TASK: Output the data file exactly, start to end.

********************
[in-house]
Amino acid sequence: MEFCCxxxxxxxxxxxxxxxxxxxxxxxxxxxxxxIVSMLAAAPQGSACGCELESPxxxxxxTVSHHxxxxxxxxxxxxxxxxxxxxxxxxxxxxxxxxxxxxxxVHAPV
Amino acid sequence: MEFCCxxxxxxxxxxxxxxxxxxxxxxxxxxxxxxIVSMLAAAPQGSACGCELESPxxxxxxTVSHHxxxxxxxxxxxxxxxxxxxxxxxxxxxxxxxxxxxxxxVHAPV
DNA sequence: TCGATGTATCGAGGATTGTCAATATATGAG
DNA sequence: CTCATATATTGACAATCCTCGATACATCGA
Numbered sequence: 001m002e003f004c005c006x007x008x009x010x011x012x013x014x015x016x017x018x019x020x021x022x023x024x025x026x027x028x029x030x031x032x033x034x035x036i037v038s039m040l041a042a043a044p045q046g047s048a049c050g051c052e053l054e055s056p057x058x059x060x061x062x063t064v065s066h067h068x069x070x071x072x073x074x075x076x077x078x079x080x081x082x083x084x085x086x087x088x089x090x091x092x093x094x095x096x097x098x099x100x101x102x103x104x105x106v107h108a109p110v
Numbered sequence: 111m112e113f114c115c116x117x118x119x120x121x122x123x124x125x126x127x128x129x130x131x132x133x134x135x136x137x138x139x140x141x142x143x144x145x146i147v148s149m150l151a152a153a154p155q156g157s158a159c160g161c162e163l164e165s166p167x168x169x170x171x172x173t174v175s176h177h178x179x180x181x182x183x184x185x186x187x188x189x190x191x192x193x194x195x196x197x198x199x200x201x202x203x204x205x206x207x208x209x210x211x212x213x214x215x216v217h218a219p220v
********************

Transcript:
[in-house]
Amino acid sequence: MEFCCxxxxxxxxxxxxxxxxxxxxxxxxxxxxxxIVSMLAAAPQGSACGCELESPxxxxxxTVSHHxxxxxxxxxxxxxxxxxxxxxxxxxxxxxxxxxxxxxxVHAPV
Amino acid sequence: MEFCCxxxxxxxxxxxxxxxxxxxxxxxxxxxxxxIVSMLAAAPQGSACGCELESPxxxxxxTVSHHxxxxxxxxxxxxxxxxxxxxxxxxxxxxxxxxxxxxxxVHAPV
DNA sequence: TCGATGTATCGAGGATTGTCAATATATGAG
DNA sequence: CTCATATATTGACAATCCTCGATACATCGA
Numbered sequence: 001m002e003f004c005c006x007x008x009x010x011x012x013x014x015x016x017x018x019x020x021x022x023x024x025x026x027x028x029x030x031x032x033x034x035x036i037v038s039m040l041a042a043a044p045q046g047s048a049c050g051c052e053l054e055s056p057x058x059x060x061x062x063t064v065s066h067h068x069x070x071x072x073x074x075x076x077x078x079x080x081x082x083x084x085x086x087x088x089x090x091x092x093x094x095x096x097x098x099x100x101x102x103x104x105x106v107h108a109p110v
Numbered sequence: 111m112e113f114c115c116x117x118x119x120x121x122x123x124x125x126x127x128x129x130x131x132x133x134x135x136x137x138x139x140x141x142x143x144x145x146i147v148s149m150l151a152a153a154p155q156g157s158a159c160g161c162e163l164e165s166p167x168x169x170x171x172x173t174v175s176h177h178x179x180x181x182x183x184x185x186x187x188x189x190x191x192x193x194x195x196x197x198x199x200x201x202x203x204x205x206x207x208x209x210x211x212x213x214x215x216v217h218a219p220v